Deborah Seehorn, CSTA Board of Directors Chair

The CSTA Curriculum Committee

The primary purpose of the CSTA Curriculum Committee is to provide K-12 computer science teachers with access to high quality, standards-based curriculum resources. During the past year, the committee has been busy vetting crosswalks to the CSTA K-12 CS Standards that have been submitted by curriculum providers. The crosswalks that have been vetted by the committee include those submitted by Linux, Oracle, Google, Tech Corps, and Mobile Makers iOS. Vetted crosswalks to the standards are posted on the CSTA website http://csta.acm.org/Curriculum/sub/K12Standards.html upon approval by the curriculum provider.

A major publication for the CSTA Curriculum Committee is the CSTA K-12 Computer Science Standards, released in 2011 and available at the above webpage. The purpose of the standards was to delineate a core set of learning standards designed to provide the foundation for a complete computer science curriculum and its implementation at the K–12 level. The standards allow the Curriculum Committee to support our CSTA members by informing them of quality standards-based curriculum resources. To better support and assist CS educators, the CSTA K-12 Standards have been crosswalked to these national standards: Common Core State Standards, Common Core Mathematical Practice Standards, STEM Career Cluster Topics, and the Partnership for the 21st Century Essential Skills Standards. The CSTA K-12 CS Standards are also available on the CSTA website en Español.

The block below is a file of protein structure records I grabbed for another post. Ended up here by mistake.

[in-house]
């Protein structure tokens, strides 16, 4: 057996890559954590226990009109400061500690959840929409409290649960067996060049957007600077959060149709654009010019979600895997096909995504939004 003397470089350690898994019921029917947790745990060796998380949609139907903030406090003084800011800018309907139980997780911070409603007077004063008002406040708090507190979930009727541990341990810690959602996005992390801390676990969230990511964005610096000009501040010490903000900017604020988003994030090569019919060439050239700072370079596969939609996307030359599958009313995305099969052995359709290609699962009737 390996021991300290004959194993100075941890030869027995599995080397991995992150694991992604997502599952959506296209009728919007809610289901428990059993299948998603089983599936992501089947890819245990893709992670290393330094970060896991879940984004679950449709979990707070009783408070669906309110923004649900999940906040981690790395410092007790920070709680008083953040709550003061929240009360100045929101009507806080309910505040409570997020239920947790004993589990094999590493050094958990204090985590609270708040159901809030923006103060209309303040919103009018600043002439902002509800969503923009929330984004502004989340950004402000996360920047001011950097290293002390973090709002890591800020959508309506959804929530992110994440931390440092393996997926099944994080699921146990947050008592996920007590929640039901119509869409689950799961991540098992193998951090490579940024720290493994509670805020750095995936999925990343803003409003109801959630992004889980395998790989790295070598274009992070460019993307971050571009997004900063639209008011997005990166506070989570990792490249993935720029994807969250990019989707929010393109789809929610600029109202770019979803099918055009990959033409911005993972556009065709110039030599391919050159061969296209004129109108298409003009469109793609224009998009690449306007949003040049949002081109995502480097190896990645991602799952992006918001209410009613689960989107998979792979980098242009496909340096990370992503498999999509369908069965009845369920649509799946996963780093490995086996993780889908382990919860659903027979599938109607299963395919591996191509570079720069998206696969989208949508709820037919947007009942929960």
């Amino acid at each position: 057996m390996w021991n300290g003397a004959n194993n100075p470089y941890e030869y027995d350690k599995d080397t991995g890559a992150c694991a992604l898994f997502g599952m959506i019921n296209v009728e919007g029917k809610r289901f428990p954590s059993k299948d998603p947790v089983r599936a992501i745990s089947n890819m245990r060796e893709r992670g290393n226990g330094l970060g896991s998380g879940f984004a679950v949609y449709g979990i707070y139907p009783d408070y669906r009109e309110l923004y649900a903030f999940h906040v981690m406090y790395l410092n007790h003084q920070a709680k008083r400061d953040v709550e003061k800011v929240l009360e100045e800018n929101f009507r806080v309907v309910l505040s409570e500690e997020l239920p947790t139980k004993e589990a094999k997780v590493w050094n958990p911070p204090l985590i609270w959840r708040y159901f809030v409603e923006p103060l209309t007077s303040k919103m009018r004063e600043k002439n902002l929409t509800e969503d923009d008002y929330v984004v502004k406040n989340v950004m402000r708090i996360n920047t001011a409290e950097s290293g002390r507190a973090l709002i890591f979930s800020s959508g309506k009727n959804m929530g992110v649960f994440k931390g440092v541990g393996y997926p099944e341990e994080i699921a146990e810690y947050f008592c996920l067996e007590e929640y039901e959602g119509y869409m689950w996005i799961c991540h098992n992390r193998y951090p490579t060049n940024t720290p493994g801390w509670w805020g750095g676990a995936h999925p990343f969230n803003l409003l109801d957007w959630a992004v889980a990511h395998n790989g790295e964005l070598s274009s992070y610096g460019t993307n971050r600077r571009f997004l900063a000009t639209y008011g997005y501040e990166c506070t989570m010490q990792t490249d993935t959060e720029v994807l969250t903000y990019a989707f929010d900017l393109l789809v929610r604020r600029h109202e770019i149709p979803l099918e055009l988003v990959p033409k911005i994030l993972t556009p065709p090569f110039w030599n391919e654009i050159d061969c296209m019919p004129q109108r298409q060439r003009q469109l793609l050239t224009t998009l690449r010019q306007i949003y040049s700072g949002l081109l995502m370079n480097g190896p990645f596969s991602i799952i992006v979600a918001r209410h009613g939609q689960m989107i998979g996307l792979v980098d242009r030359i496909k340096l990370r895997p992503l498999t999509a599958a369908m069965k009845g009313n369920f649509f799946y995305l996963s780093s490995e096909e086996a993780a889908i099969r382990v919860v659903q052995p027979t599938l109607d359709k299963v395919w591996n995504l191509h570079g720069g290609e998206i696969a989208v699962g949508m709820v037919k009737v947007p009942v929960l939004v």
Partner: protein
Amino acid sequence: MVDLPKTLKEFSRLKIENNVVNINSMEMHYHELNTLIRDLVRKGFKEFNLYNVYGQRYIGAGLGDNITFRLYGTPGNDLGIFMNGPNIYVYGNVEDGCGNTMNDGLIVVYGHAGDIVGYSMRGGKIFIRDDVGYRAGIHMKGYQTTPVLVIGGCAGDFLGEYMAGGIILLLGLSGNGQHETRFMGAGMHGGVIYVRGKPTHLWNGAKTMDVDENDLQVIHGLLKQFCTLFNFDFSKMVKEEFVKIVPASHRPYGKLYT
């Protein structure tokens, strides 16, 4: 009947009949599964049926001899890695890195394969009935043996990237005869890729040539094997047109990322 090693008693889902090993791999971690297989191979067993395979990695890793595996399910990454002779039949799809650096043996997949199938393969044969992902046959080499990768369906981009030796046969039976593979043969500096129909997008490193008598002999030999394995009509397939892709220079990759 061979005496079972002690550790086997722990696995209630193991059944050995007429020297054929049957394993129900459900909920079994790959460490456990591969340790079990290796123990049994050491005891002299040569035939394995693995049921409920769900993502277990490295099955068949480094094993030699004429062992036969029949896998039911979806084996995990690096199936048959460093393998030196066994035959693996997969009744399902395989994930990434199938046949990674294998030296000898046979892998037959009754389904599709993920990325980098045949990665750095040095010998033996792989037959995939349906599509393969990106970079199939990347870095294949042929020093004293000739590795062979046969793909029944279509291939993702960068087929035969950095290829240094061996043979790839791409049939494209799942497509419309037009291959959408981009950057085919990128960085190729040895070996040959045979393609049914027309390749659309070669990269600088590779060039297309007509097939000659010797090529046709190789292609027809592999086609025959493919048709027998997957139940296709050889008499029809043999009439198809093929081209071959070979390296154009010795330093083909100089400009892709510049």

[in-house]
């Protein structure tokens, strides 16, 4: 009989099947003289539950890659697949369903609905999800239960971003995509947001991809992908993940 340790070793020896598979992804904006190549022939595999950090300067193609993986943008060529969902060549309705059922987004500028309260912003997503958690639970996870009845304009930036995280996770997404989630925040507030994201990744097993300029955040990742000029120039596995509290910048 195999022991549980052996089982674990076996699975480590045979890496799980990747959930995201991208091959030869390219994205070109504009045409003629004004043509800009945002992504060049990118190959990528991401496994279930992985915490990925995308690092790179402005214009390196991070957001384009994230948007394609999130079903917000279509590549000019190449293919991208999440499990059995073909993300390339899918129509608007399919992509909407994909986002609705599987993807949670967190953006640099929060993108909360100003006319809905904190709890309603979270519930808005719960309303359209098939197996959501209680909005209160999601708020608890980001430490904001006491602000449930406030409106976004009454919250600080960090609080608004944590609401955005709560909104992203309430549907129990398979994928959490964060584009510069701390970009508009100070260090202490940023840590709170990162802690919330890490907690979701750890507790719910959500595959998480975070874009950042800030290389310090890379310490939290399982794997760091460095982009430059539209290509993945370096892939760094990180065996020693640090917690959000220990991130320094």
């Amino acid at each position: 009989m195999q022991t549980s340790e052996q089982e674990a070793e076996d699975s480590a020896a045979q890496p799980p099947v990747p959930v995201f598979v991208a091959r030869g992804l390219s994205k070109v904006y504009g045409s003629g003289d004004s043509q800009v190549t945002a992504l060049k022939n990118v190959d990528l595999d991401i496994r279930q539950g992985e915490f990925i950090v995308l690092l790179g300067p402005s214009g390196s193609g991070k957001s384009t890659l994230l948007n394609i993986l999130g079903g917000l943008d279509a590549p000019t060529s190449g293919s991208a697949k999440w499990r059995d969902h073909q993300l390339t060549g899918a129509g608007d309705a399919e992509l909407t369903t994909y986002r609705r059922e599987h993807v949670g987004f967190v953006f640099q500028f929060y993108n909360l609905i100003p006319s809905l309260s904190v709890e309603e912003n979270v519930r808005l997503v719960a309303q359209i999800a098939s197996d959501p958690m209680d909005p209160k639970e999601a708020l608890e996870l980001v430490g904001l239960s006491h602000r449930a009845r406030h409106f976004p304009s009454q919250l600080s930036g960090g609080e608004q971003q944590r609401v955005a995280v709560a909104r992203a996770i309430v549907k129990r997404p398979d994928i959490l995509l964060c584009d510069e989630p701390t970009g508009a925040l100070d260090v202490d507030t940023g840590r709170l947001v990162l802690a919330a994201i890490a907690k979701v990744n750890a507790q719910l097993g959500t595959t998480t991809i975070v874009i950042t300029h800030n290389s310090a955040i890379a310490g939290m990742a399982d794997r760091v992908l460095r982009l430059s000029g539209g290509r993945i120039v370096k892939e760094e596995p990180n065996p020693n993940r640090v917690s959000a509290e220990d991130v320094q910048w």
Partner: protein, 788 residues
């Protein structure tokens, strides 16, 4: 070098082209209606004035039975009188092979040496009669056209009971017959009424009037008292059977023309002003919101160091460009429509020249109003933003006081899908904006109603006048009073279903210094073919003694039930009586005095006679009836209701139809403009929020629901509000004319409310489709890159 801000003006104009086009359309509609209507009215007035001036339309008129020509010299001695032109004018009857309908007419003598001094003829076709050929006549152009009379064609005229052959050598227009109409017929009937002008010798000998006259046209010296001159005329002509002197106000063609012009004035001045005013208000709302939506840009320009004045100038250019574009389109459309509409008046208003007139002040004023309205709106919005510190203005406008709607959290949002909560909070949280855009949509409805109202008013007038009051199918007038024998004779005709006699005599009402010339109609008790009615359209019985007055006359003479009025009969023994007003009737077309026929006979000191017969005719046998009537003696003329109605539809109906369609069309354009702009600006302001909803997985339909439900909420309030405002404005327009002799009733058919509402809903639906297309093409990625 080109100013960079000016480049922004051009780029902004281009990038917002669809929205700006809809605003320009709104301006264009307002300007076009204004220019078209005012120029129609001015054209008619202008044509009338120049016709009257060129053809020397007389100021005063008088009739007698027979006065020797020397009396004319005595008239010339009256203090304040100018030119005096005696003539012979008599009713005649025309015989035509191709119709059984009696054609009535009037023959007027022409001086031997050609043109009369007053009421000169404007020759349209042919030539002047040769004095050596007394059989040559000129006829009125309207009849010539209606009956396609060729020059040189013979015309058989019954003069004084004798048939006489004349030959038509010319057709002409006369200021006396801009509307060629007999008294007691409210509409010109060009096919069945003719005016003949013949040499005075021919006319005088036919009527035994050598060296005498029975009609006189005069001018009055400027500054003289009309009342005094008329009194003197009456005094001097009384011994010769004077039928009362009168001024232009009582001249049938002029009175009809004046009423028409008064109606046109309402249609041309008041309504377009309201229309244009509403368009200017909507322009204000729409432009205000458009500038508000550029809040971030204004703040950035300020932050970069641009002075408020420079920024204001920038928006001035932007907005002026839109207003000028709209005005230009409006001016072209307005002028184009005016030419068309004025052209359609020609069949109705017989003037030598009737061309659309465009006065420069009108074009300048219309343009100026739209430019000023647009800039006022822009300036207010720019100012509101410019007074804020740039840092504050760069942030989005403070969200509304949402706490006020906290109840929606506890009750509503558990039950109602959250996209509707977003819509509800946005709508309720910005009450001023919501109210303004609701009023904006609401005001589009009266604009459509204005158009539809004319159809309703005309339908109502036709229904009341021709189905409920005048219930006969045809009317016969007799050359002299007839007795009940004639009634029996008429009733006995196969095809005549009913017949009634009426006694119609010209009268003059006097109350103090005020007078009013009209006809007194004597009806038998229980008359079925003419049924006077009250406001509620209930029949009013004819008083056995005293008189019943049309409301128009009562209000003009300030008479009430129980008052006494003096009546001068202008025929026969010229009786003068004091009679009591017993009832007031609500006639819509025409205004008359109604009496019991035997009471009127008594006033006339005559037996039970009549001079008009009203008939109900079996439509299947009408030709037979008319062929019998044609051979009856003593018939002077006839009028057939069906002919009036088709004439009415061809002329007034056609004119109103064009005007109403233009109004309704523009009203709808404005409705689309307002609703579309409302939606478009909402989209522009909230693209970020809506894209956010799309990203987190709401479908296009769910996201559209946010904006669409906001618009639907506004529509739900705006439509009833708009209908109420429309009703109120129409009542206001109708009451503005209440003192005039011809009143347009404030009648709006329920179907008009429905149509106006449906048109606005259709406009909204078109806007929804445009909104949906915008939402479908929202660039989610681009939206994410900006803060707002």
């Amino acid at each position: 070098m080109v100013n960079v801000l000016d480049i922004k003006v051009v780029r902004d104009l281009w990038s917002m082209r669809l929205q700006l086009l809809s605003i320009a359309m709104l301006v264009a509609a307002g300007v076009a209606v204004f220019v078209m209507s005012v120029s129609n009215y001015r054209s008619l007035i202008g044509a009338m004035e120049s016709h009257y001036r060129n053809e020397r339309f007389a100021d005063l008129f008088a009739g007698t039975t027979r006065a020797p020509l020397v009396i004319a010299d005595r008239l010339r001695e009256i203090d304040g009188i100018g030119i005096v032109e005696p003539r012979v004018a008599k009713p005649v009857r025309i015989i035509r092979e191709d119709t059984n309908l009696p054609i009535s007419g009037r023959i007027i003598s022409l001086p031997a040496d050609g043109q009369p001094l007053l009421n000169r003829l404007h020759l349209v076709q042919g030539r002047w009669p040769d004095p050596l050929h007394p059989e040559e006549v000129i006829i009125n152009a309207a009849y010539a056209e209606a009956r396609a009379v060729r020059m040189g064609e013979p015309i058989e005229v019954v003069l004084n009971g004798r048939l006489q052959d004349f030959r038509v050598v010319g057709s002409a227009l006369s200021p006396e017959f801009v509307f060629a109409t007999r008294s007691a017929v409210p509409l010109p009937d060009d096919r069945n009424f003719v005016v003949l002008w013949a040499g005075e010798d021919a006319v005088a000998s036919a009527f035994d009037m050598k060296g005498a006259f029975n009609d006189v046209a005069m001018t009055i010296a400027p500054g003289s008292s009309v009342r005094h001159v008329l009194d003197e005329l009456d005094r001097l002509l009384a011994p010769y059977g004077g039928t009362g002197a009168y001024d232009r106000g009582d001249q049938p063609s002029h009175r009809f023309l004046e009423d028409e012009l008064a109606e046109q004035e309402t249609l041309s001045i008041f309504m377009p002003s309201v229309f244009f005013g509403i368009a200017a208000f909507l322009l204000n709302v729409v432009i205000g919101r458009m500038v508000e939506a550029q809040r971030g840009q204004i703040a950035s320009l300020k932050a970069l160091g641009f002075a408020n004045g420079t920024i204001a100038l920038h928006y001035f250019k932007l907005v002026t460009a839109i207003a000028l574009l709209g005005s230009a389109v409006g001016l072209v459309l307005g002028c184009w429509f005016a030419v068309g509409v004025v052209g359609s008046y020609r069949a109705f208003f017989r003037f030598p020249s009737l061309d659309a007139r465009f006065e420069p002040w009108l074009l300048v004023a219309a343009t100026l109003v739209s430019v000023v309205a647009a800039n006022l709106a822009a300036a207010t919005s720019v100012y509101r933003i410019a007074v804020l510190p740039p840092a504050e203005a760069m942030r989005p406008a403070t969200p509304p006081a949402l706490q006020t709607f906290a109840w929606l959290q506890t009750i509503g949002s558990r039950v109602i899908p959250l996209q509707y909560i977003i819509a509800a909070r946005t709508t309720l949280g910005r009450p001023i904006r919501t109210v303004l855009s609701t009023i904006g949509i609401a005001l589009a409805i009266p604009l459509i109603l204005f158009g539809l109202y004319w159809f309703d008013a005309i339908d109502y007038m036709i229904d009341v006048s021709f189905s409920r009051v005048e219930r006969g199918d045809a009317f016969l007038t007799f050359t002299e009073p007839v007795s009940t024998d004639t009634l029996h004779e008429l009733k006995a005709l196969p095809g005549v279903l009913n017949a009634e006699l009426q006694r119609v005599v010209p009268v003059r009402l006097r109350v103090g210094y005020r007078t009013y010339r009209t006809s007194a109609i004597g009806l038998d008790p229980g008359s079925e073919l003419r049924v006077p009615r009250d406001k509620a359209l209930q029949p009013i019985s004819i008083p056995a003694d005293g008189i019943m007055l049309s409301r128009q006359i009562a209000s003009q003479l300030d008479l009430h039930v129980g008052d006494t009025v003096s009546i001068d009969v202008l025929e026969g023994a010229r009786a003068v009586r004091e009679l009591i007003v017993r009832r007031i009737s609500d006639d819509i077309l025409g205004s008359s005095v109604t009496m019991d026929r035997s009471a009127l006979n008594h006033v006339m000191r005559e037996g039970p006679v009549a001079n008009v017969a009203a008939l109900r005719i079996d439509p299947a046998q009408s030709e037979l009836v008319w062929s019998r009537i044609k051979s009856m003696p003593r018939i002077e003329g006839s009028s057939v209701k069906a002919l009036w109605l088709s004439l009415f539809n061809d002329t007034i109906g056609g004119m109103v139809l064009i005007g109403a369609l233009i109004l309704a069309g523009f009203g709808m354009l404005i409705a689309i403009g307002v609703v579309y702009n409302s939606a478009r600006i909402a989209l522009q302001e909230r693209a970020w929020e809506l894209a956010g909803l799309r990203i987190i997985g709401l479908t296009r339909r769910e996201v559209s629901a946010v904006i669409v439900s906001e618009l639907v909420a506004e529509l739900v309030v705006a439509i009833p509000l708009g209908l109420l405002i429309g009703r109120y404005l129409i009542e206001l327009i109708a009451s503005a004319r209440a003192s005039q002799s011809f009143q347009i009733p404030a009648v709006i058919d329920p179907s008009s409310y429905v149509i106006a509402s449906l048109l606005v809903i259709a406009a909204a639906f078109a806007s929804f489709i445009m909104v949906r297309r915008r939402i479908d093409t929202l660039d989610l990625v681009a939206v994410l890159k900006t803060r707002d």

The current members of the CSTA Curriculum Committee are:

Laura Blankenship, The Baldwin School, lblanken@gmail.com

Debbie Carter, CSTA Board Member Emeritus, dpcarterpa@verizon.net